This takes a LOT of time. It takes lots of time up front in Discovery work. Even the best written brief does not contain clues to the key stakeholder’s wants. Basically we designers must act like detectives and psychotherapists to find out things. This is where the true value lies in working with a great designer.

Discovery should constitute a minimum of 25% of the project. For logo projects, I’d say I spend close to 70% of the time in discovery and only 30% actually designing. Logo projects are the most emotional of all for clients (a topic for another post/comment, I think), therefore, make sure you include enough time for discovery in your quote to the client. I sell this time by letting the client know that I’m going to (theoretically) hold his hand throughout the process and spend a lot of time collaborating with him on making his ideas a reality. The key to all projects, really, is executing them in a way that allows the client to feel he is in control. Design is scary to a lot of clients so you need to be a true leader here.

Great comments Susan!

I agree with you about what our job is as designers. It’s our job to take our Clients “problem” and do our best to “solve” it in the most efficient and effective way.

The way you break up the time spent in each phase is definitely eye-opening and when I relate it back to my process it matches up almost perfect! Hand-holding is one of the major roles we have as a designer…

Awesome advice, thanks!

Asking the appropriate questions is usually how I try to defend myself against difficult clients who have no direction whatsoever. This is a great way to explain the difference between fitting in and standing out. Sometimes I don’t think they know the difference. Usually, I find the projects with the most revisions are those that I’m pushing at the client and they hate it.

I really enjoyed this post and reading all the responses. I too have developed a questionnaire, the answers to which provides the outline for a creative brief. It gets clients thinking about what they need and to see there’s a difference between that and what they want.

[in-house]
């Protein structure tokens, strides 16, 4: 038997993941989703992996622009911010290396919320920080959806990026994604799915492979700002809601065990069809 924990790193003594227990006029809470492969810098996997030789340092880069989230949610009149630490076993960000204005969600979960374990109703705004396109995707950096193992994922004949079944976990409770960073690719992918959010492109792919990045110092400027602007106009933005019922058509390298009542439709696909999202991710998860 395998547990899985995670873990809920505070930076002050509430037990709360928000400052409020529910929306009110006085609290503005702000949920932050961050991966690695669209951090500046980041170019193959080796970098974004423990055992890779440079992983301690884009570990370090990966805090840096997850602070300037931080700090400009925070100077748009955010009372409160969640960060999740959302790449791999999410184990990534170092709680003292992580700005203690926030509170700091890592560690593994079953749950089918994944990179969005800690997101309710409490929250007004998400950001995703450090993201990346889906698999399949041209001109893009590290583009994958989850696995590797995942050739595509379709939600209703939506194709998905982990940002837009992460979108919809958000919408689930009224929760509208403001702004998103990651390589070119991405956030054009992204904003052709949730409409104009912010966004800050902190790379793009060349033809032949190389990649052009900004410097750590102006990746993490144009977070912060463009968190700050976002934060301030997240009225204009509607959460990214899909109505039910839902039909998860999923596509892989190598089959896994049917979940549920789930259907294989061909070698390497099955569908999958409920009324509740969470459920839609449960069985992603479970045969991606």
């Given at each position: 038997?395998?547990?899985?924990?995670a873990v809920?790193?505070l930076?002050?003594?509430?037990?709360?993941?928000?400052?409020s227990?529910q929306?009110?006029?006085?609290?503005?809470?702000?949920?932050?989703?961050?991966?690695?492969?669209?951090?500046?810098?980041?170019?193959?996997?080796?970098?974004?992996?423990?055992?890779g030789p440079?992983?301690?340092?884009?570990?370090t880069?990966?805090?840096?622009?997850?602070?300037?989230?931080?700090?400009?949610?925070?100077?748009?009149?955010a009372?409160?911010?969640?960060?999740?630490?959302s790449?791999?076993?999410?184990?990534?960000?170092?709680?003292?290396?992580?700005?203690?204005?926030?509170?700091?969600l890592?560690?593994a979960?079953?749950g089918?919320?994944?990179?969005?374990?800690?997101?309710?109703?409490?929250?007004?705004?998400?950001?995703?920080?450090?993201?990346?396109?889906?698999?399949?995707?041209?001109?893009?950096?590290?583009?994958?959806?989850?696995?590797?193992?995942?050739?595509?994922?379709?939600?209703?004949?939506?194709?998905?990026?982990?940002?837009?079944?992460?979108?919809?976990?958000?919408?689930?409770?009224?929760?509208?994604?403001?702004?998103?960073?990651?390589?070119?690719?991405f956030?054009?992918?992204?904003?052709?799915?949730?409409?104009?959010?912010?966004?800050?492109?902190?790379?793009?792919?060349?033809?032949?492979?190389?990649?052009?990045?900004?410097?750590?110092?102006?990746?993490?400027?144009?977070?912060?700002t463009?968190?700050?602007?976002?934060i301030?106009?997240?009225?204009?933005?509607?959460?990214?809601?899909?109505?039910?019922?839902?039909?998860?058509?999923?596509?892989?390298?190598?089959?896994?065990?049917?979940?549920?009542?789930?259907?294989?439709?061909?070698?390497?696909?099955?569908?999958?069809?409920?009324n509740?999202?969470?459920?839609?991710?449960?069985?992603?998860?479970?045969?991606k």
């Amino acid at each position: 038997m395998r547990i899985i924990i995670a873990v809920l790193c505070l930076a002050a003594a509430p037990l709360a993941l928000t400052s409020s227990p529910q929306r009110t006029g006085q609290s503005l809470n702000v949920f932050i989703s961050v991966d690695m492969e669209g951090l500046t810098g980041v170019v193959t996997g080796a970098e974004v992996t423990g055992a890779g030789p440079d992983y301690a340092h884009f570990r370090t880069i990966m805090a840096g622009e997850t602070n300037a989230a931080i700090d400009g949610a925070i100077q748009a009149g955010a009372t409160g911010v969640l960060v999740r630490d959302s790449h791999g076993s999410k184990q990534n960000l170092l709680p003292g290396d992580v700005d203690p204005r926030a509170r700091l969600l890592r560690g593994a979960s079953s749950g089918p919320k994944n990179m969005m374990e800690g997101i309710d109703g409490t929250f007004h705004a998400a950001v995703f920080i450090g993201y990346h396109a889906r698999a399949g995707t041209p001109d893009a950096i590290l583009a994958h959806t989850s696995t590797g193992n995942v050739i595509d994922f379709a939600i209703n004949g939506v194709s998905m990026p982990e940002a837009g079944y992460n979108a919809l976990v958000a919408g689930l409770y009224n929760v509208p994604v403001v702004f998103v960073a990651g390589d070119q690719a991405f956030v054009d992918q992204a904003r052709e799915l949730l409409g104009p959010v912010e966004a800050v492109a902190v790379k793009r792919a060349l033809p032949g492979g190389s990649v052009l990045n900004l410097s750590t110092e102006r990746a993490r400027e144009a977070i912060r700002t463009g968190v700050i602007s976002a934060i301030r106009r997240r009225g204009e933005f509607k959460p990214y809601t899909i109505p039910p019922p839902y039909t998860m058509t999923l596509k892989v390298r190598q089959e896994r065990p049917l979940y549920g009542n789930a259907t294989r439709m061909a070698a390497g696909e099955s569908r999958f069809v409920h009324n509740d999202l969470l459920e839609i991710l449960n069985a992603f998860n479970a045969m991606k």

I think it’s difficult for someone who has never hired a designer to know what is expected of them as a client. I often hear from new contacts that they have had bad experiences in the past. Some designers don’t ask the right questions of their clients, and apparently some ask hardly any questions at all.

I had a client say with a sigh of relief “No one has asked me these things before. They make perfect sense.” I feel it’s part of my responsibility to educate clients about the design process, what I need from them, and how we are going to successfully work together.

Rather than “I’ll know it when I see it” the right design solution should meet the goals established in the creative brief that both you and the client developed together, in what ever manner you both set up.

Thanks for all your posts David.

Debbie, definitely — it’s hugely important to ask the right questions before deciding we’re right for potential clients, and this client screener by Mike Monteiro is a great example of what questions to ask (thanks, Mike).

Kurt, one small thing probably worth picking up on from your comment. Seth said the client needs to invest 20 minutes in describing the strategy (to the designer). The creation is likely to take a fair bit longer.

Thanks for taking the time, everyone. I hope you’re all enjoying the week so far.

I love this article David.

It’s funny because you hear that saying quite often but in reality, some would say that’s not an effective method at all. This is a very interesting perspective and I enjoy articles that make you question :)